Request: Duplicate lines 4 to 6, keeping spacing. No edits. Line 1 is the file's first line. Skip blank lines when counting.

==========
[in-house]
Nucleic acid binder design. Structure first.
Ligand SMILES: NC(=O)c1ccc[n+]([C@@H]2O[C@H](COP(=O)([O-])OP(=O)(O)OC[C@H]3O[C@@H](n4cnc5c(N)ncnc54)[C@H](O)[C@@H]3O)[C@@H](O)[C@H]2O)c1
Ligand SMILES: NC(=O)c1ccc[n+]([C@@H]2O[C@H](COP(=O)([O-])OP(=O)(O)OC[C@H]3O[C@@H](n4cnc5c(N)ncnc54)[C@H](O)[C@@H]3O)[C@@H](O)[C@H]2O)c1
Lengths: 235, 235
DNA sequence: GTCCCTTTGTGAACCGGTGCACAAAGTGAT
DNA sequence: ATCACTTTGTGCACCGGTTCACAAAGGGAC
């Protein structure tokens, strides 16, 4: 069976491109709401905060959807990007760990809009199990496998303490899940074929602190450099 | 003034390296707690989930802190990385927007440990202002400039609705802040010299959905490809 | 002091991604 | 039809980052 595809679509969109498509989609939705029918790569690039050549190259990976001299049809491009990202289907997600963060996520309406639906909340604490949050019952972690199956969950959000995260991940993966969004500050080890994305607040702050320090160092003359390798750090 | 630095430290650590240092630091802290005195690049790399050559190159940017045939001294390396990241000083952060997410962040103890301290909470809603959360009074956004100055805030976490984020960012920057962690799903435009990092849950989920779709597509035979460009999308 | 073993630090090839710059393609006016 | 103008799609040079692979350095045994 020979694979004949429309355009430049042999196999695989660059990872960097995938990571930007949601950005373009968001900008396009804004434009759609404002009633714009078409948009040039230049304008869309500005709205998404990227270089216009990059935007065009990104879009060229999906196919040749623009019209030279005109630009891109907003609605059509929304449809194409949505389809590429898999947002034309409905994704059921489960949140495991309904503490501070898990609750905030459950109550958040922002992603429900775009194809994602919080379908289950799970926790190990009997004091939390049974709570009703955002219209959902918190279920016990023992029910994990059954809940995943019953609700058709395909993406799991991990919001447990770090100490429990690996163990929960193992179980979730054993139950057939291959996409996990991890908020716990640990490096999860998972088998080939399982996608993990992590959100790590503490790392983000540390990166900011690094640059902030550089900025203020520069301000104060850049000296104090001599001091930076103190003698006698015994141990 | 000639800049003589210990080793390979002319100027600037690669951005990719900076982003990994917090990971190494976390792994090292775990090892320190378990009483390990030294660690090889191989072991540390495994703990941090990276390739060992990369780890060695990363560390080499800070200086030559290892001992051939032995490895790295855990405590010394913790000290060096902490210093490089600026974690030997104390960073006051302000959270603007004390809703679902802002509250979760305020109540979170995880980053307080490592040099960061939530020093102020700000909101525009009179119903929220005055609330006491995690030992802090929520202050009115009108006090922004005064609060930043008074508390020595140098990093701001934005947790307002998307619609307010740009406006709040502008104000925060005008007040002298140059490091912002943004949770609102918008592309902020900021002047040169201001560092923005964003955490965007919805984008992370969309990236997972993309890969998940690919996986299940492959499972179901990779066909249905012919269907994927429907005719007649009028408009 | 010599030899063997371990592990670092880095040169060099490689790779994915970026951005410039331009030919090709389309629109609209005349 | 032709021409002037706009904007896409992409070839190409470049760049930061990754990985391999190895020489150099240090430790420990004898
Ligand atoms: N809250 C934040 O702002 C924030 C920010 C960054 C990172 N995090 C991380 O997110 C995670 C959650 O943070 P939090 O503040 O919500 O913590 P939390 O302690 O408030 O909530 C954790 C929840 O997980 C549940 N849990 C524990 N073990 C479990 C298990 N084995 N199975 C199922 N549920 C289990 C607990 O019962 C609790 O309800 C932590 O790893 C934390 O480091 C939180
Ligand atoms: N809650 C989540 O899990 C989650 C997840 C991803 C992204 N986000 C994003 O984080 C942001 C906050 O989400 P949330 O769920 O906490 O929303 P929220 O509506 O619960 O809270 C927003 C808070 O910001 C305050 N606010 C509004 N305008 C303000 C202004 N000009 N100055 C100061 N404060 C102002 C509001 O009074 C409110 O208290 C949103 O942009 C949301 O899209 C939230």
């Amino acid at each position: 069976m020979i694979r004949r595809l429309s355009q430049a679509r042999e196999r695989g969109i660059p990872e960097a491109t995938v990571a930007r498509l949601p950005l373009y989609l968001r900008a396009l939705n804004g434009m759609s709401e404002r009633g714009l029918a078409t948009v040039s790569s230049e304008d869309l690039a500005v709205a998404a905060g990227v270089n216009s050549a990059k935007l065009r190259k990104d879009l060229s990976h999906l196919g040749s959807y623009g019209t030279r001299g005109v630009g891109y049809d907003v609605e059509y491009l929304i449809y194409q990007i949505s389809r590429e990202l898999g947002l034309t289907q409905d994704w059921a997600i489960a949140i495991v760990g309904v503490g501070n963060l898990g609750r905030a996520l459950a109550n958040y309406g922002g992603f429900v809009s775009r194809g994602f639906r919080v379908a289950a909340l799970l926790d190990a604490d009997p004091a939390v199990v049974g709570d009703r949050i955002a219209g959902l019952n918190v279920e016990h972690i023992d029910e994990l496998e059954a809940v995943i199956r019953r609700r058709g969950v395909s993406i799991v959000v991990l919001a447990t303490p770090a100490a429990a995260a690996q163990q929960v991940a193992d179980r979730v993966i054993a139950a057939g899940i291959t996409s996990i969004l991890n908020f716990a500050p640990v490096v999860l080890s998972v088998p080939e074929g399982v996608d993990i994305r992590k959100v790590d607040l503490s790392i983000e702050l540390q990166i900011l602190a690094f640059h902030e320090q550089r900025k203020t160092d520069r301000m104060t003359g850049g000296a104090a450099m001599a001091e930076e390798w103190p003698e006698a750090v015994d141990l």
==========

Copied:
Ligand SMILES: NC(=O)c1ccc[n+]([C@@H]2O[C@H](COP(=O)([O-])OP(=O)(O)OC[C@H]3O[C@@H](n4cnc5c(N)ncnc54)[C@H](O)[C@@H]3O)[C@@H](O)[C@H]2O)c1
Lengths: 235, 235
DNA sequence: GTCCCTTTGTGAACCGGTGCACAAAGTGAT